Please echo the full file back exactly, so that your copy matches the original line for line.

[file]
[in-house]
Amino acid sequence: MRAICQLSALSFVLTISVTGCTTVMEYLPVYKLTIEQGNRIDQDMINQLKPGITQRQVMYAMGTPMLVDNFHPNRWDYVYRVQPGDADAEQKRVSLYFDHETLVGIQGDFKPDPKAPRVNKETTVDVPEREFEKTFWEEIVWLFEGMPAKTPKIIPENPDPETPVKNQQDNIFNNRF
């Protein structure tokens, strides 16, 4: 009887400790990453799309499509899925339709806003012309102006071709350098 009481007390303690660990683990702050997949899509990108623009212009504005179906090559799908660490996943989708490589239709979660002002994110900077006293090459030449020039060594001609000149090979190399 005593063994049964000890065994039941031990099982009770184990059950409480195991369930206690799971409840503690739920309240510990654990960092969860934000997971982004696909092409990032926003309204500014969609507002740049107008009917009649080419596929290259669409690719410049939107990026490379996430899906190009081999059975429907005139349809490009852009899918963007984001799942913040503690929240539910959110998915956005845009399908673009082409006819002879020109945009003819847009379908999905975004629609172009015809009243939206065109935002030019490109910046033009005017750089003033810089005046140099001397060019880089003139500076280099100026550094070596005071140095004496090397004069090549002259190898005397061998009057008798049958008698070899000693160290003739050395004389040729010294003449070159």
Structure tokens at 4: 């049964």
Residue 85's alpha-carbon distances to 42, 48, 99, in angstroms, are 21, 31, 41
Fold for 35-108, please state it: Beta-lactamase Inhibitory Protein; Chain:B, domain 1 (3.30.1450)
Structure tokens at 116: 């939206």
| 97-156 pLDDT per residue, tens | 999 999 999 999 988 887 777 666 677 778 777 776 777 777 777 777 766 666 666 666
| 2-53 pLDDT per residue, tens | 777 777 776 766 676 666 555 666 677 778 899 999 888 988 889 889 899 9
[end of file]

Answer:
[in-house]
Amino acid sequence: MRAICQLSALSFVLTISVTGCTTVMEYLPVYKLTIEQGNRIDQDMINQLKPGITQRQVMYAMGTPMLVDNFHPNRWDYVYRVQPGDADAEQKRVSLYFDHETLVGIQGDFKPDPKAPRVNKETTVDVPEREFEKTFWEEIVWLFEGMPAKTPKIIPENPDPETPVKNQQDNIFNNRF
């Protein structure tokens, strides 16, 4: 009887400790990453799309499509899925339709806003012309102006071709350098 009481007390303690660990683990702050997949899509990108623009212009504005179906090559799908660490996943989708490589239709979660002002994110900077006293090459030449020039060594001609000149090979190399 005593063994049964000890065994039941031990099982009770184990059950409480195991369930206690799971409840503690739920309240510990654990960092969860934000997971982004696909092409990032926003309204500014969609507002740049107008009917009649080419596929290259669409690719410049939107990026490379996430899906190009081999059975429907005139349809490009852009899918963007984001799942913040503690929240539910959110998915956005845009399908673009082409006819002879020109945009003819847009379908999905975004629609172009015809009243939206065109935002030019490109910046033009005017750089003033810089005046140099001397060019880089003139500076280099100026550094070596005071140095004496090397004069090549002259190898005397061998009057008798049958008698070899000693160290003739050395004389040729010294003449070159």
Structure tokens at 4: 């049964």
Residue 85's alpha-carbon distances to 42, 48, 99, in angstroms, are 21, 31, 41
Fold for 35-108, please state it: Beta-lactamase Inhibitory Protein; Chain:B, domain 1 (3.30.1450)
Structure tokens at 116: 């939206």
| 97-156 pLDDT per residue, tens | 999 999 999 999 988 887 777 666 677 778 777 776 777 777 777 777 766 666 666 666
| 2-53 pLDDT per residue, tens | 777 777 776 766 676 666 555 666 677 778 899 999 888 988 889 889 899 9